ANKARA – Turkish politicians, including his opponents, are rallying around President Recep Tayyip Erdogan in stoking fire against Greece during a time of rising tension, some suggesting invading Greek islands near the coast.
His major rival, CHP party leader Kemal Kilicdaroglu, joined a chorus of Erdogan supporters after Foreign Minister Mevlut Cavusoglu said Turkey would challenge the sovereignty of some Greek islands unless troops were taken off them, said the paper Kathimerini.
Cavusoglu cited the 1923 Treaty of Lausanne that ceded away islands whose return Erdogan openly admitted he covets, although Turkey doesn’t recognize the treaty the foreign chief used as a basis to confront Greece.
Kilicdaroglu called on Erdogan and his coalition government with Nationalist Movement Party (MHP) leader Devlet Bahceli to further push provocations against Greece and its islands and even consider taking them back.
Greece’s New Democracy government, the paper said, believes Erdogan’s growing belligerance is tied to a hard pre-election campaign in Turkey and not to give an advantage to opposition parties who are nationalist.
Prime Minister Kyriakos Mitsotakis said he wants to keep trying diplomacy and dialogue to settle disputes between the countries over the rights to the seas even though Erdogan said he will no longer talk to the Greek leader.
Erdogan said he was upset that Mitsotakis, while in the United States, urged the US Congress in an address to vote down President Joe Biden’s hopes to sell Turkey more F-16’s and upgrade the Turkish air fleet.
Cavusoglu went as far as presenting a map of 16 islands whose sovereignty could be challenged by Turkey with no united response from the European Union to which Greece belongs and which Turkey has been trying fruitlessly to join since 2005, prospects worsening under Erdogan.
Kilicdaroglu made his comments in response to a series of public questions posed by Erdogan, questioning his patriotism and one was about relations with Greece, the report said.
“Are you with Turkey or not in its efforts to create permanent economic zones along the border in the Mediterranean and the Aegean?” Erdogan asked, with Kilicdaroglu tweeting back that it “is imperative to increase the pressure in the Mediterranean and the Aegean.”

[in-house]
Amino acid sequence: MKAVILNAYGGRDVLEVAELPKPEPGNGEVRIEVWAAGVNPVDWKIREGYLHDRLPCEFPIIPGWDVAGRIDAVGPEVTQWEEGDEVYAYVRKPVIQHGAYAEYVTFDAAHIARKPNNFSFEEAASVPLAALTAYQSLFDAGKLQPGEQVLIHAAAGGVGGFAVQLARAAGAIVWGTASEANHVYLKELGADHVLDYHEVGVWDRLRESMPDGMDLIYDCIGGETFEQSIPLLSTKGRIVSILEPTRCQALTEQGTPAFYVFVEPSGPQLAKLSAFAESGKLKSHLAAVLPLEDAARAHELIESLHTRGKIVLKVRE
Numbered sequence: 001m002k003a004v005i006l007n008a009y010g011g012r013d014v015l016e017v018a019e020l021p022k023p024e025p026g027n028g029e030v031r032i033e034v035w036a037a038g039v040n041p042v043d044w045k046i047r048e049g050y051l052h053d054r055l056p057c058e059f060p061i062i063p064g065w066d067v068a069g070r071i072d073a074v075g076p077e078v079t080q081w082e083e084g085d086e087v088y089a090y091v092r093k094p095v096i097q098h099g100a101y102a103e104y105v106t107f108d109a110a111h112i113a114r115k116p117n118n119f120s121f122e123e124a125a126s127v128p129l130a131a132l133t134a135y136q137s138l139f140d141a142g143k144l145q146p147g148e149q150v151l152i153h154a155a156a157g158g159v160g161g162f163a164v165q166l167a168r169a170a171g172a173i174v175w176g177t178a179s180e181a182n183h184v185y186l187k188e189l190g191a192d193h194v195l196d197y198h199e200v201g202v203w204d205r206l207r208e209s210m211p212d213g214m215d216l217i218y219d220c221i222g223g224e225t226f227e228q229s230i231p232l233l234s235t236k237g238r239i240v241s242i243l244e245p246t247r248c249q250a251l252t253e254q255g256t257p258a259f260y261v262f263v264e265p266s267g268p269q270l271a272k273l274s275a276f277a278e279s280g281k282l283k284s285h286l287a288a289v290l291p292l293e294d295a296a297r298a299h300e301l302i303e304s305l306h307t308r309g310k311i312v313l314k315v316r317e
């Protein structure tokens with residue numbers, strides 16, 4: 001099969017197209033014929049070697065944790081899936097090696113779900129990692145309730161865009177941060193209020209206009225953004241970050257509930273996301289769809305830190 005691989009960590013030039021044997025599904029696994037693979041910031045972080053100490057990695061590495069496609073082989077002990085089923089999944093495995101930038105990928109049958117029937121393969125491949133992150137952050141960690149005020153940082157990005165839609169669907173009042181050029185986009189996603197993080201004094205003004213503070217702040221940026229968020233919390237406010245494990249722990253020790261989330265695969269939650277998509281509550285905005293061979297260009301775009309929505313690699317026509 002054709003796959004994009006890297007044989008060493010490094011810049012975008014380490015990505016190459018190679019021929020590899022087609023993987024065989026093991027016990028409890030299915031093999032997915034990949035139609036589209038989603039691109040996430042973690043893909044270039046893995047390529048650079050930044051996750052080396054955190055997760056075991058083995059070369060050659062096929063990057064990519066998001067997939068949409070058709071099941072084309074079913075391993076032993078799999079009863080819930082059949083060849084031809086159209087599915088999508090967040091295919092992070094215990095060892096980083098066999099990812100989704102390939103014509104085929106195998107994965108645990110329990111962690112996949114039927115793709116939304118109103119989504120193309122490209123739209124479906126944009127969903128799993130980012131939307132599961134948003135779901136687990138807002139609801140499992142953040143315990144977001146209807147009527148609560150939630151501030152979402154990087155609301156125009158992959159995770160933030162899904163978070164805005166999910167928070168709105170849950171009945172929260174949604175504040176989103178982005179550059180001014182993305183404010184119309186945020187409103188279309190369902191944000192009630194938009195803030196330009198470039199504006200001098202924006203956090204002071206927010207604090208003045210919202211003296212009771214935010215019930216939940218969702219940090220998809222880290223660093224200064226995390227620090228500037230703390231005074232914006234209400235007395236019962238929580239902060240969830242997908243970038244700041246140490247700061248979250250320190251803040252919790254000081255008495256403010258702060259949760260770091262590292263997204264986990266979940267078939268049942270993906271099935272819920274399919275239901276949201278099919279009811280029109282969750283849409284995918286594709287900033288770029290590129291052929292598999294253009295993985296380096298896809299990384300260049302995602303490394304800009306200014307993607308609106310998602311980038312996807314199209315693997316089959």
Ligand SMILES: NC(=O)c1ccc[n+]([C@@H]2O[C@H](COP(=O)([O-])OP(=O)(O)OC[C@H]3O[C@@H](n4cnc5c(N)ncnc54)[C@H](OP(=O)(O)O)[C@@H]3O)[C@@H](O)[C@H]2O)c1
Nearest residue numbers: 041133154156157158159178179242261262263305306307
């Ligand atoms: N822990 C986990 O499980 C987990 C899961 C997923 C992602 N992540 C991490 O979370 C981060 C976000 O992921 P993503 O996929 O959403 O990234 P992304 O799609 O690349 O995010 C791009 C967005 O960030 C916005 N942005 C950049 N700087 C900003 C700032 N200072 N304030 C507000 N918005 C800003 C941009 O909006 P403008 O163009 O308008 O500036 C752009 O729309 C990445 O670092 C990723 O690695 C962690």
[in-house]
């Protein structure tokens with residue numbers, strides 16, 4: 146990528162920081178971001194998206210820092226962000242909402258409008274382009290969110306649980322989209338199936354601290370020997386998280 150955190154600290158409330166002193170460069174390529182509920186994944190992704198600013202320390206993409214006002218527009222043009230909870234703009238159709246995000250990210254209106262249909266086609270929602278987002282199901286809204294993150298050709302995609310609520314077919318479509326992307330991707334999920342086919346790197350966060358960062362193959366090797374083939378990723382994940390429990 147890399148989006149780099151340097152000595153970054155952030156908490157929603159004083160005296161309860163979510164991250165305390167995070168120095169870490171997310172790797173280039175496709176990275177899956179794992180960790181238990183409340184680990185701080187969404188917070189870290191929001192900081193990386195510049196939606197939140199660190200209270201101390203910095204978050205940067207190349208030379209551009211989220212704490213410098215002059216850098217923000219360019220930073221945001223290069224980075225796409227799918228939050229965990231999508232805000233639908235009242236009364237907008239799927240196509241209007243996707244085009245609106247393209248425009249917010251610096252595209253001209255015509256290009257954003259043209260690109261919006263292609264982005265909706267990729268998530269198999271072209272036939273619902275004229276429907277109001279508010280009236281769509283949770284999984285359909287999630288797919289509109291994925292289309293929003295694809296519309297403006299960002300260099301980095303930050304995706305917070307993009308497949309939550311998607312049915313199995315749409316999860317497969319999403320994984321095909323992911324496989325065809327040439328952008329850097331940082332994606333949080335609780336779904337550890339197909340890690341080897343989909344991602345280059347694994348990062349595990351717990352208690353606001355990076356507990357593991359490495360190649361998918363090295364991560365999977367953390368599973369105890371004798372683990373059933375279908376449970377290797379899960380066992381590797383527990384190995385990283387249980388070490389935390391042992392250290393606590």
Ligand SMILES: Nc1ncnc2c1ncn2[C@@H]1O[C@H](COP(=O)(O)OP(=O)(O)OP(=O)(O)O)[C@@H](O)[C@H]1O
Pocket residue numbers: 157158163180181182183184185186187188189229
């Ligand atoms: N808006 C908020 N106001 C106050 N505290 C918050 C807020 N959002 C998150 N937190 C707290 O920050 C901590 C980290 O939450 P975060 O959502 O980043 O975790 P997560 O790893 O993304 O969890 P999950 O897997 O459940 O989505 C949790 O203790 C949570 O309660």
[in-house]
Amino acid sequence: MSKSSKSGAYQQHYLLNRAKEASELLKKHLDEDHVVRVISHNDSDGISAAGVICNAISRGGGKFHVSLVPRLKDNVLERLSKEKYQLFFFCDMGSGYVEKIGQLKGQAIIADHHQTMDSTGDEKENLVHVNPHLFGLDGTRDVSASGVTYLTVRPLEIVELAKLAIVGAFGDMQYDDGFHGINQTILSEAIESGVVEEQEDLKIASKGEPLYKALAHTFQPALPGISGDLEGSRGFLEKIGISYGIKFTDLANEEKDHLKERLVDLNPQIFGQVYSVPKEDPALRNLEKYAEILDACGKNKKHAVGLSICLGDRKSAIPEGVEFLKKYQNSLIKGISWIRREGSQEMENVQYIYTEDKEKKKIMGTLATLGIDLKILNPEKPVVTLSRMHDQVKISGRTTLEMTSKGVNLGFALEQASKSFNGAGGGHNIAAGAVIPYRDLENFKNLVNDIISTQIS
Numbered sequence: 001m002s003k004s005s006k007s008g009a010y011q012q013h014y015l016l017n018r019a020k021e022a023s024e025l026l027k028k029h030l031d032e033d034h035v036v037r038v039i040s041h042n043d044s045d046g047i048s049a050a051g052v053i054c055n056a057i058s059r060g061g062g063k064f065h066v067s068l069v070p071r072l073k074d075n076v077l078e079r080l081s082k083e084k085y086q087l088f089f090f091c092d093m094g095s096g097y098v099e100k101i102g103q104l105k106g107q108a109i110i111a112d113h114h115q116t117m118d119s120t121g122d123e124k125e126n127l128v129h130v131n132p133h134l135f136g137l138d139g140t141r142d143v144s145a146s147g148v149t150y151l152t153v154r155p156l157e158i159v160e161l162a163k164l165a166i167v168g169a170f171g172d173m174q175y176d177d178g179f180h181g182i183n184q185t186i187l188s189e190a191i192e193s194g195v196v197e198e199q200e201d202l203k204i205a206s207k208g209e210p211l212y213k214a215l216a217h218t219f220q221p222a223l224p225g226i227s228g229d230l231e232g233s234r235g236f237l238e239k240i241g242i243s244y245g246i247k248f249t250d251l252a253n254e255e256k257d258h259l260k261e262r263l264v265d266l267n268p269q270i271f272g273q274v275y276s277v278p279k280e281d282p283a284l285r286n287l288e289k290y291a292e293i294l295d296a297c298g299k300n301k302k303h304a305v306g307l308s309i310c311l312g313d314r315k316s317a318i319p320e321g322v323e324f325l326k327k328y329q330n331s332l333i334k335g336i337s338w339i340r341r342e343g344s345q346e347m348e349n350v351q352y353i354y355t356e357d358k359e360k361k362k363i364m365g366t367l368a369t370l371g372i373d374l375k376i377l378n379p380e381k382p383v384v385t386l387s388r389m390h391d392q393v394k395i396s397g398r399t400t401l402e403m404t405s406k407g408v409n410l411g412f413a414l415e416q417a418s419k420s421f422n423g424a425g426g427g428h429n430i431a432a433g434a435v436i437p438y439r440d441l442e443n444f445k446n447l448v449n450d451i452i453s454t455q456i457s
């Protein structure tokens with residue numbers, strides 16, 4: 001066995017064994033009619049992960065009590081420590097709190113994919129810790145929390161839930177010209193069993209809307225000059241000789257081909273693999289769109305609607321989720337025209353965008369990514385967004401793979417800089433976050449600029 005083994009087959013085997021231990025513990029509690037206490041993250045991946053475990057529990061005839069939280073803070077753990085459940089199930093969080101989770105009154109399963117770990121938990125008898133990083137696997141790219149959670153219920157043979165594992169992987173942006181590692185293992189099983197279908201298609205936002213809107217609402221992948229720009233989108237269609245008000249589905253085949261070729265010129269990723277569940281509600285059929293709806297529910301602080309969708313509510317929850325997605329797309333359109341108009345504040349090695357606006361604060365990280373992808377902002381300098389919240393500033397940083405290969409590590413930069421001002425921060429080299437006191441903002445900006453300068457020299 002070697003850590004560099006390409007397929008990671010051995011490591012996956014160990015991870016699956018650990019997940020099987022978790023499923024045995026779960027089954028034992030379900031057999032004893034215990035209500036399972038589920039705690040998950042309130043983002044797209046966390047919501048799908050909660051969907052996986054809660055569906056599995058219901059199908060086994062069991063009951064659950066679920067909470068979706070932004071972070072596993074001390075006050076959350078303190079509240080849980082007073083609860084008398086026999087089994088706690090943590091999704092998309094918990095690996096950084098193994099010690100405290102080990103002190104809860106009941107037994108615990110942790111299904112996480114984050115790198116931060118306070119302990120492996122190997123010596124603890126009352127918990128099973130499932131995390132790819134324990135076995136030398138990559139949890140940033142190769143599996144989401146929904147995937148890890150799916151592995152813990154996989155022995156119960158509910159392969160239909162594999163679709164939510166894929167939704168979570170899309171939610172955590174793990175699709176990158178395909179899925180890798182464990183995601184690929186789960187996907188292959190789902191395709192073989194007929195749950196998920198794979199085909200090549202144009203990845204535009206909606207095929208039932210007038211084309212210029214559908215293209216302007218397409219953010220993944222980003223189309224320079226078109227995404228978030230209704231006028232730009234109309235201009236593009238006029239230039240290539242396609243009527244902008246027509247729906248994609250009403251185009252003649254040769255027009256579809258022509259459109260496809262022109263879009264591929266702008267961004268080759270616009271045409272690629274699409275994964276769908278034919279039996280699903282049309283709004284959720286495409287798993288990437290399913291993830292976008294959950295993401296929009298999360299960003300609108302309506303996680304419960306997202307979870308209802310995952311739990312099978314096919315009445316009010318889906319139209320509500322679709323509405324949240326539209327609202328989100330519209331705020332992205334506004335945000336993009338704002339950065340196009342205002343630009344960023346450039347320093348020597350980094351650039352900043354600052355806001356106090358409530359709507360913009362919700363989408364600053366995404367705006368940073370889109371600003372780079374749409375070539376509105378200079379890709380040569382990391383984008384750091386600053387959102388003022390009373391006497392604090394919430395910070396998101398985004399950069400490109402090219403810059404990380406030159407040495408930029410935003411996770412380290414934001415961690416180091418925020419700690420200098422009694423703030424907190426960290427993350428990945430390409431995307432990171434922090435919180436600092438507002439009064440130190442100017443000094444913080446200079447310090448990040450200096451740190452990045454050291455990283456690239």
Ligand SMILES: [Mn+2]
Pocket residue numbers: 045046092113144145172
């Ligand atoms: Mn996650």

He went on to say it is not enough for Turkey to send out a ship then withdraw it and “wishing (US President Joe) Biden would call me,” unclear what that was about although Erdogan – who had withdrawn an energy research vessel and warship near the Greek island of Kastellorizo – said they would be sent back again.
Kilicdaroglu also urged Erdogan to get even tougher on Cyprus where Turkey seized the northern third in two unlawful 1974 invasions, still occupied by Turkish-Cypriots and where Turkey keeps a 35,000-strong army.
“We will support you,” he said, Kilicdaroglu and opposition parties having been blistered by pro-government media for “expressing the positions of Greece,” and not going jingoistic.
Kilicdaroglu’s position on Greek-Turkish relations is influential as he is considered one of Erdogan’s potential rivals in the 2023 Presidential election and the President’s nationalist stance is also being backed by other major political leaders in the country, whose name will soon become Turkiye.
Other Turkish leaders with a hard line on foreign policy are IYI (Good) Party leader Meral Aksene and Ankara Mayor Mansur Yavas, who is now a member of the CHP and rumored as potential candidate for president.
Turkey’s media said that Mitsotakis’ visit to the Dodecanese islands of Kos, Pserimos and Astypalaia was a sideshow with EU encouragement although he had trouble getting tbe bloc’s support against Erdogan’s refusal to talk to him.
“The Europeans gave a push to Mitsotakis who is putting up a show,” the prominent Hurriyet newspaper said, adding that “no sooner had (Mitsotakis) returned to his country, than he visited the militarized islands.”
“Mitsotakis visited the islands that must be demilitarized,” the pro-government Aksam said and Rear Admiral Cihat Yayci, formerly chief of staff of the Turkish Naval Forces Command, questioned Greek sovereignty over Pserimos, a small island between Kos and Kalymnos.
Speaking on the pro-government Ηaber Global TV channel, Yayci said that Pserimos “is one of 152 islands, islets and rocky formations that were not ceded to Greece via treaties.”
“These islands are under ‘Egeaydak’ status,” he said, meaning that their sovereignty is disputed. Greece disputes all the claims.